a journal about that. If you’re curious about what I learned down in
El Salvador. It’s at ricksteves.com,
One thing I’m concerned about is the mass dumbing down of our
society. The stuff I’ve been talking about, we go “yeah,
yeah, yeah,” but the average person doesn’t get it. It’s
because of fear, I think, and because powerful forces in our society
have been dumbing us down. They would find it convenient if we all
become just mindless producer-consumers. We’ve got to not let
them dumb us down. Because when we’re dumbed down, that’s
the only way political initiatives against the interest of the people
in general can have a chance.
The news is not news. Reality tv is not reality. When you see steroids
on TV, and Michael Jackson and Terry Schiavo and so on, nobody’s talking about
the big issues. I mean every day, if you care about people if you’re
into sanctity of life, every day three times as many people who died on 9/11
die in Africa. Every day because of AIDs. That’s a real problem that
can be dealt with. We hear about the tsunami, and then it’s gone out
of the news. And nobody tells us that every week there’s a tsunami worth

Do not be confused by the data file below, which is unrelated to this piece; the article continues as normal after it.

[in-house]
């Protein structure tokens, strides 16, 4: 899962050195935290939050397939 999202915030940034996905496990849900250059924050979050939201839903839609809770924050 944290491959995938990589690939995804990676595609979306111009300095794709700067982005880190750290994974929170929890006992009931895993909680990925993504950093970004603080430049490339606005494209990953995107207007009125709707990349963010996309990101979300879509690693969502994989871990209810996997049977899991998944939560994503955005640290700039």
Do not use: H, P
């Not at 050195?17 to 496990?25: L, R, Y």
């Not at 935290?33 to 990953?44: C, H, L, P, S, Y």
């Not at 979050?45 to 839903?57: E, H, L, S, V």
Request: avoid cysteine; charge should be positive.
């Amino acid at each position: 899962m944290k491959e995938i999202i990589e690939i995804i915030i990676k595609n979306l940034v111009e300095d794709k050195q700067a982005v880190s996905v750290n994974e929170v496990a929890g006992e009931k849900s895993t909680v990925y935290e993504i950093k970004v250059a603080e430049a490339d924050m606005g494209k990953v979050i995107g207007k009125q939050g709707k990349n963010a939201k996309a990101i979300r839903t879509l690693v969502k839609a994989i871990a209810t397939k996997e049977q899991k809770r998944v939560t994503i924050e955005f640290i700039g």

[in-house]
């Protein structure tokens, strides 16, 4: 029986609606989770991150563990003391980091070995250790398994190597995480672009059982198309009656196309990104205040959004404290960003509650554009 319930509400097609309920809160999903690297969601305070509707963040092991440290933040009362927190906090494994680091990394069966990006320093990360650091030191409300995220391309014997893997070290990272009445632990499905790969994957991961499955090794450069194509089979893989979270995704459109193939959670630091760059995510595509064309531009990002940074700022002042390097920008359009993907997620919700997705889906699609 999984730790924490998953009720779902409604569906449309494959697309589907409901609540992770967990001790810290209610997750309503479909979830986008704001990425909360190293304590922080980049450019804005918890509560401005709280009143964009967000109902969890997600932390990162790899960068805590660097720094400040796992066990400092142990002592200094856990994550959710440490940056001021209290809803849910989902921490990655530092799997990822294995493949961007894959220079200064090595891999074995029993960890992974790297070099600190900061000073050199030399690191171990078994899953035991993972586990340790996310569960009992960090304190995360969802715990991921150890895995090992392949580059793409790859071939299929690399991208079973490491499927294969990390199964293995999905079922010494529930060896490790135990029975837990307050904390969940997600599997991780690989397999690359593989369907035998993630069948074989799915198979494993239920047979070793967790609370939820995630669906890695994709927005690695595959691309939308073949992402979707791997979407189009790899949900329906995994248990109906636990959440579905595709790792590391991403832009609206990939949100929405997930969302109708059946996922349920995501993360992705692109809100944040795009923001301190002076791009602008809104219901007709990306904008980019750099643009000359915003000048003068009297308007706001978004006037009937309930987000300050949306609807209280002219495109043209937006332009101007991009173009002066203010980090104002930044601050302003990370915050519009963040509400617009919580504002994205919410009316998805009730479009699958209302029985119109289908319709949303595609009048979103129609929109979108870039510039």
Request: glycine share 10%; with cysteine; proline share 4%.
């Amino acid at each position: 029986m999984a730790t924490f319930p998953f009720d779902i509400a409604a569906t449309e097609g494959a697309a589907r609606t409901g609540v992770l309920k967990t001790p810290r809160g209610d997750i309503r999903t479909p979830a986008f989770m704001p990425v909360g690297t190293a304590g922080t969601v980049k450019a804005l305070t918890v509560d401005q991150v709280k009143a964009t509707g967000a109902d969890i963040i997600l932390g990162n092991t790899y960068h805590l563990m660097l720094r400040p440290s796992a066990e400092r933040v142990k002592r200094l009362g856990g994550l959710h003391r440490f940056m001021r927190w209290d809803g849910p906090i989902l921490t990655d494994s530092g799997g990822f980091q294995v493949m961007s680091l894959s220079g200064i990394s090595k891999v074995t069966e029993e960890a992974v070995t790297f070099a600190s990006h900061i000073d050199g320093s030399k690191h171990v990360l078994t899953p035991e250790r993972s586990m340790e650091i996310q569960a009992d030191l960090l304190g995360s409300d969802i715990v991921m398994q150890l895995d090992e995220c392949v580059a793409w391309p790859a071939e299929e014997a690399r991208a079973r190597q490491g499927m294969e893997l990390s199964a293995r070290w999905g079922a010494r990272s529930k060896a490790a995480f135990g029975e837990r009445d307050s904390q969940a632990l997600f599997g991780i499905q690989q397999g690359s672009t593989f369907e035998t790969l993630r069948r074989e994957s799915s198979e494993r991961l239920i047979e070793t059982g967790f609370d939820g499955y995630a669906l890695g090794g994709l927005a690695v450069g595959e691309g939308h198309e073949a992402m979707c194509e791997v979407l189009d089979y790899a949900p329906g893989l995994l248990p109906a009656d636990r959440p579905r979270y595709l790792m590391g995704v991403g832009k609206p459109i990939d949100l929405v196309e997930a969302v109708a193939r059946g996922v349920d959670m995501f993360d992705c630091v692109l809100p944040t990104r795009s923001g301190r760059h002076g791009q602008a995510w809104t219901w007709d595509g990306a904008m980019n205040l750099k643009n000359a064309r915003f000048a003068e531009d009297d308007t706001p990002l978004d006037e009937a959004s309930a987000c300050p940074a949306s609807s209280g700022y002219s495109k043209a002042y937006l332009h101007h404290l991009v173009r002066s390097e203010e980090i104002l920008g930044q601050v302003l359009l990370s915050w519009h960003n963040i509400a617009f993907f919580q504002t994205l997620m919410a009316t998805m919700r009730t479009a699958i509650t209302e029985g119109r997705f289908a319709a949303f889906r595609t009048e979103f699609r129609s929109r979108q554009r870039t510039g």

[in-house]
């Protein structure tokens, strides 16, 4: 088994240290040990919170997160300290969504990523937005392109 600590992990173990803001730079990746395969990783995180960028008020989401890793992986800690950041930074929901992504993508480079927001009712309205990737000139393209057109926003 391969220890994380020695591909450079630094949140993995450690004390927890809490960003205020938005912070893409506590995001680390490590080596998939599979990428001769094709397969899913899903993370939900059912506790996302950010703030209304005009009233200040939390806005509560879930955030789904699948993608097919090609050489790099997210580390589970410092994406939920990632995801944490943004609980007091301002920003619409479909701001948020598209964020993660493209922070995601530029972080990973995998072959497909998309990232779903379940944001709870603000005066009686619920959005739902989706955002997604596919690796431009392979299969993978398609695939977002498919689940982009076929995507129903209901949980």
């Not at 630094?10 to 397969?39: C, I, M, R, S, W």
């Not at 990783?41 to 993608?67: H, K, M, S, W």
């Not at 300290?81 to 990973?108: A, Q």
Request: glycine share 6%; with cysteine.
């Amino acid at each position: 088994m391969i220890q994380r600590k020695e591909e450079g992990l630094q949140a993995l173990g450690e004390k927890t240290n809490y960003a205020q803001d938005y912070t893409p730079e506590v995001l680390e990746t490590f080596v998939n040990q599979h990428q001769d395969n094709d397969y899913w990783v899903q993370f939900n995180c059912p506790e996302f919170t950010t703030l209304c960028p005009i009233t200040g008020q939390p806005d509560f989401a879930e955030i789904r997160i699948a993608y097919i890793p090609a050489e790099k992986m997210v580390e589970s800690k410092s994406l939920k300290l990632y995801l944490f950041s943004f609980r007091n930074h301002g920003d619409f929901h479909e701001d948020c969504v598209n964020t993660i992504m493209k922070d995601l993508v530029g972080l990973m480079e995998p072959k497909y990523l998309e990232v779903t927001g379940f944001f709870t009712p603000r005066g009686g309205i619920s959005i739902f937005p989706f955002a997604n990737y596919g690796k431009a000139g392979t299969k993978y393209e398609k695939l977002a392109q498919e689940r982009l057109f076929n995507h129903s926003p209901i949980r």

of innocent children that die of starvation on this planet. It’s just
structural poverty, and America is the flagbearer of this structural poverty
around the planet. As good people we can encourage our neighbors and so on
to become a little more progressive.
The problem with marijuana is, if they’re trying to make us just mindless
producer-consumers, marijuana is not good on either account. It doesn’t
make us want to produce more and the only thing we would consume more is
The thing this society doesn’t like about marijuana is it turns people
who wouldn’t otherwise be poets into poets. Think of Maslow’s famous
hierarchy of needs. First you get your clothes and your car and your house
and then you can do things that are more creative and then at the top you get “selfless
actualization,” helping other people.
It’s more convenient in our society to have barbed wire strung around
Maslow’s hierarchy about midway, so that we continue to consume on the
bottom end, out and out and out, not realizing that we can step over the barbed
wire and live more fulfilling lives. One of the reasons why philosophically
I’m into marijuana is that it’s a good way to cut that
barbed wire and be true to yourself and be what really is successful.
To sell this propaganda of our government’s war on drugs requires using
the big-lie technique. Hitler learned that you can tell a big lie over and
over again, and people believe it if you tell it enough times. We’ve
got to recognize the propaganda. The propaganda erodes the credibility of the
government, of schools, of families when it comes to marijuana. We’ve
got a White House that spends millions of dollars advertising in the Super
Bowl trying to tell people that marijuana causes teen pregnancies. And it’s